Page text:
2 people found this helpful

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Worth it just for the narration.

The narration is fantastic. Just stick with the plot as it drags on but has much of Sue’s observations and humour to accompany what I class as her hardest book to read. I never liked the book but surprisingly it is rescued by the narration. This is what Audible is about, turns the book into a 4 star instead of a one star.

1 person found this helpful

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Disappointing

I held off buying this book for years because I do love The Queen and I, I wish I'd held off completely. The book is ok but in comparison to it's predecessor, the book is slow and doesn't seem to grasp the characters in quite the same way. I really didn't like the characters of Graham or Boy, although Boy could have been so much more dynamic than he was. Re Graham, I just don't see what this character added to the narrative or flow of the book. There were far fewer laugh out loud moments with this than there was with TQAI, and poor development of younger characters like William and Harry. Overall, for me, this is the worst Sue Townsend book I've ever read.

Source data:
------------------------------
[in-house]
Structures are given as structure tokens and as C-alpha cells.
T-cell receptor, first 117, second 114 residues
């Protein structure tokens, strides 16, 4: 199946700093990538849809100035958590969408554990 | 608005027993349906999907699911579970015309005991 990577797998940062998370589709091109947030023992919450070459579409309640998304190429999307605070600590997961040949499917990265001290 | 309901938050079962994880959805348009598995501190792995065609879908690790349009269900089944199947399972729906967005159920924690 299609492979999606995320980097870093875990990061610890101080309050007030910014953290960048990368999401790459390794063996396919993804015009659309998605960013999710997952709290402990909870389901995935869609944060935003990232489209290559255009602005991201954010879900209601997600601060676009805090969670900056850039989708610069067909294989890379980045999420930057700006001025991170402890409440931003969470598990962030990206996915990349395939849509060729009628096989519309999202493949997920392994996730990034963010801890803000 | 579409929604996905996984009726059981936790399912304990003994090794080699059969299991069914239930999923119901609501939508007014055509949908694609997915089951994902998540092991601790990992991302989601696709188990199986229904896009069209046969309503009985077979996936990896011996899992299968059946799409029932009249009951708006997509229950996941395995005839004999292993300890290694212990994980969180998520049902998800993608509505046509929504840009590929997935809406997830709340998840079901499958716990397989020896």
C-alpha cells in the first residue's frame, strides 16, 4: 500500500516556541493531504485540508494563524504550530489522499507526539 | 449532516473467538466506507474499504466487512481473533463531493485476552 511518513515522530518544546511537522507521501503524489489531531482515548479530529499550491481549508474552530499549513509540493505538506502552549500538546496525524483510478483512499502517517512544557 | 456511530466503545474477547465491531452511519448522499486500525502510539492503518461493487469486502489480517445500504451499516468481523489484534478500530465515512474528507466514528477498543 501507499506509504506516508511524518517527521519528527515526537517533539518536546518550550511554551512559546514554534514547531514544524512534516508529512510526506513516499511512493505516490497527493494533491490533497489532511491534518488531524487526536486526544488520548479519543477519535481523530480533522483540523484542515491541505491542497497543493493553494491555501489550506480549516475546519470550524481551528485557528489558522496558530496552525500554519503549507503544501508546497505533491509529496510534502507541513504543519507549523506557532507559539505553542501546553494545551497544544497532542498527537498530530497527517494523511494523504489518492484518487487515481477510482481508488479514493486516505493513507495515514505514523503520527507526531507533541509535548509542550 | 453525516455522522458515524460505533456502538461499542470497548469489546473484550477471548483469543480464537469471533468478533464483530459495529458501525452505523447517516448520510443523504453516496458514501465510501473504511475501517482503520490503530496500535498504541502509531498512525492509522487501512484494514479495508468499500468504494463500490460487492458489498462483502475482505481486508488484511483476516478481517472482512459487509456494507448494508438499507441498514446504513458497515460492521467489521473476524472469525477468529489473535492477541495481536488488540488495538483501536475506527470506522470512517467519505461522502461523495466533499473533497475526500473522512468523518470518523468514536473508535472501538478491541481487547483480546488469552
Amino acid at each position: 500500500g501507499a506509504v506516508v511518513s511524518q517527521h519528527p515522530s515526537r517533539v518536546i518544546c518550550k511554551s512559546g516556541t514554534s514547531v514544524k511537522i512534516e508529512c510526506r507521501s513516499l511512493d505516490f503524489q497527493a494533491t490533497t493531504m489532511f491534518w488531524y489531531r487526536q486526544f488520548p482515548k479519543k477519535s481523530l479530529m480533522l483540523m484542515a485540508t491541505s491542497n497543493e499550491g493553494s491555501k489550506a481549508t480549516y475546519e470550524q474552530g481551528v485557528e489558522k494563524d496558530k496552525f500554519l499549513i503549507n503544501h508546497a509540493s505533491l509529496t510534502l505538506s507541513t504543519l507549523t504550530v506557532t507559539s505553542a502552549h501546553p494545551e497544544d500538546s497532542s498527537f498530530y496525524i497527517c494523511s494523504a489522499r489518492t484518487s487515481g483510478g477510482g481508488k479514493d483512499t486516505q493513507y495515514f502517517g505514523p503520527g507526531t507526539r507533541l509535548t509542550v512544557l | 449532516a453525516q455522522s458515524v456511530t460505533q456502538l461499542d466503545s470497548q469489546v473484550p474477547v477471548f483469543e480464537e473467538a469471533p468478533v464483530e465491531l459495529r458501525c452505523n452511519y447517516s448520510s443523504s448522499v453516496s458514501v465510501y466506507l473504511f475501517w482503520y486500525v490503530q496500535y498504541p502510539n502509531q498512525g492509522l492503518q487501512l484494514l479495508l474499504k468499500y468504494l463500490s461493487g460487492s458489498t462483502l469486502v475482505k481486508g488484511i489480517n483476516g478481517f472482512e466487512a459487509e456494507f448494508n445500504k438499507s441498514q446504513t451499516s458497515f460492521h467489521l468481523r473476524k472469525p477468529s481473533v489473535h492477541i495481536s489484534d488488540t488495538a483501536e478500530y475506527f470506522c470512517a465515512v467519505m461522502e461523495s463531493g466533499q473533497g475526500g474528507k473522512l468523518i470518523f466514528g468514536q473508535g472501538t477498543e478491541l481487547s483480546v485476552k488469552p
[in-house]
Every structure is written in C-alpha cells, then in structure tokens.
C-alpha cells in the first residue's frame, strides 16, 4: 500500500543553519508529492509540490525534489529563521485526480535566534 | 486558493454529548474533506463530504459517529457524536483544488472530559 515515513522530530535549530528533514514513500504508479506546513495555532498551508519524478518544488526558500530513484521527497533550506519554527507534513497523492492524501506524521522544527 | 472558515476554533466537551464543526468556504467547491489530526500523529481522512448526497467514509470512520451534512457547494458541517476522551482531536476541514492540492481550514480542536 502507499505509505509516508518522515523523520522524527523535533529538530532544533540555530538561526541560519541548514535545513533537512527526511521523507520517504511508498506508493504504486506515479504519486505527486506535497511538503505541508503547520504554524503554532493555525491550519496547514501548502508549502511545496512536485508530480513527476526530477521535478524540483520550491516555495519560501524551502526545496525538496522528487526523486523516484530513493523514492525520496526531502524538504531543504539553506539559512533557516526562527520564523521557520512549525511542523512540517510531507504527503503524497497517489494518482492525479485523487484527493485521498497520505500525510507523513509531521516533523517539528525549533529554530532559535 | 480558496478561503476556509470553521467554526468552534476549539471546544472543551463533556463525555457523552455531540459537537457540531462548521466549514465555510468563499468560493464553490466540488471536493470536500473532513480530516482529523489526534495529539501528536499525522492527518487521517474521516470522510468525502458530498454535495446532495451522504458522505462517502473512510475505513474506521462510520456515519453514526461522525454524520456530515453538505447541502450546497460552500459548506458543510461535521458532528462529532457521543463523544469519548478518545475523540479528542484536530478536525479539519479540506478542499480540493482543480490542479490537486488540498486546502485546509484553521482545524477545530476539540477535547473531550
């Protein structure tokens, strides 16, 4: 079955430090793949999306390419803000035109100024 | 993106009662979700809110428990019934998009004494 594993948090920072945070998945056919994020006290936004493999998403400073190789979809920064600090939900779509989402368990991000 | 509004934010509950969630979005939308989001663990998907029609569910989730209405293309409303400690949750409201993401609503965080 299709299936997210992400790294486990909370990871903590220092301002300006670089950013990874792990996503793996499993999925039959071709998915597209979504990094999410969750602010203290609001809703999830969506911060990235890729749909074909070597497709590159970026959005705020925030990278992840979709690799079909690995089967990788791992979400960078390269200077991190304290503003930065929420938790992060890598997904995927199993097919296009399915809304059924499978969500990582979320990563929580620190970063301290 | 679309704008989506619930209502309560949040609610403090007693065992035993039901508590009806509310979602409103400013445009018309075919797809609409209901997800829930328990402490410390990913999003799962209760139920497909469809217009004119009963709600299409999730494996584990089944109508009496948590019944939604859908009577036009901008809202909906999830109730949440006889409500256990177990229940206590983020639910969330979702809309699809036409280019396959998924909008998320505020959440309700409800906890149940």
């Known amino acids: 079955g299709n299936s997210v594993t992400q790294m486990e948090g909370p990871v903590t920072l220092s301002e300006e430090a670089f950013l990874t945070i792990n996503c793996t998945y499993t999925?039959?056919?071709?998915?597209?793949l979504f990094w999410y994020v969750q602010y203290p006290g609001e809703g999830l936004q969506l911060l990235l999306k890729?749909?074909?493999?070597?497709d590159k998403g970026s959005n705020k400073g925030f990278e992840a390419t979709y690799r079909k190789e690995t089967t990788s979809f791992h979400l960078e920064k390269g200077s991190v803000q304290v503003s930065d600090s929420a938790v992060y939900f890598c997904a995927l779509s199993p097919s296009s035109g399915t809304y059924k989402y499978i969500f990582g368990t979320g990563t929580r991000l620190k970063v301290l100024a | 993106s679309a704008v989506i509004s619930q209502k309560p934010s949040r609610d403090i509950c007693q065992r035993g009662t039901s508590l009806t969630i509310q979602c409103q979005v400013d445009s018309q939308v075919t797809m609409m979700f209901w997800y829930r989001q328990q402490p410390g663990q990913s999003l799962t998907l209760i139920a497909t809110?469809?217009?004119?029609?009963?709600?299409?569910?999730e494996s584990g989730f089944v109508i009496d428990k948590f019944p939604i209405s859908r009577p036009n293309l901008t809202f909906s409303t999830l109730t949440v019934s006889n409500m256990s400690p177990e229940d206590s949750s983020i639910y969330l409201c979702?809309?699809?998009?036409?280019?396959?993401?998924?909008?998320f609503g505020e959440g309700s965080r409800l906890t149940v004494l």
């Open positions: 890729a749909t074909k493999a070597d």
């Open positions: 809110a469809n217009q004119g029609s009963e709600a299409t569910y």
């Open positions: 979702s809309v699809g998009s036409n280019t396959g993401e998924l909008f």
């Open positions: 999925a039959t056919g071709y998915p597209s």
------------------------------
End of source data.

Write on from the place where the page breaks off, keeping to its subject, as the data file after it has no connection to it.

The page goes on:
1 person found this helpful

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ROYAL RUBBISH

Off with their heads and save paper. A lot of utter nonsense not my idea of a Republic. Guess my Scottish sense of humour prefers something more gutsy.

4 people found this helpful

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strange how art imitates life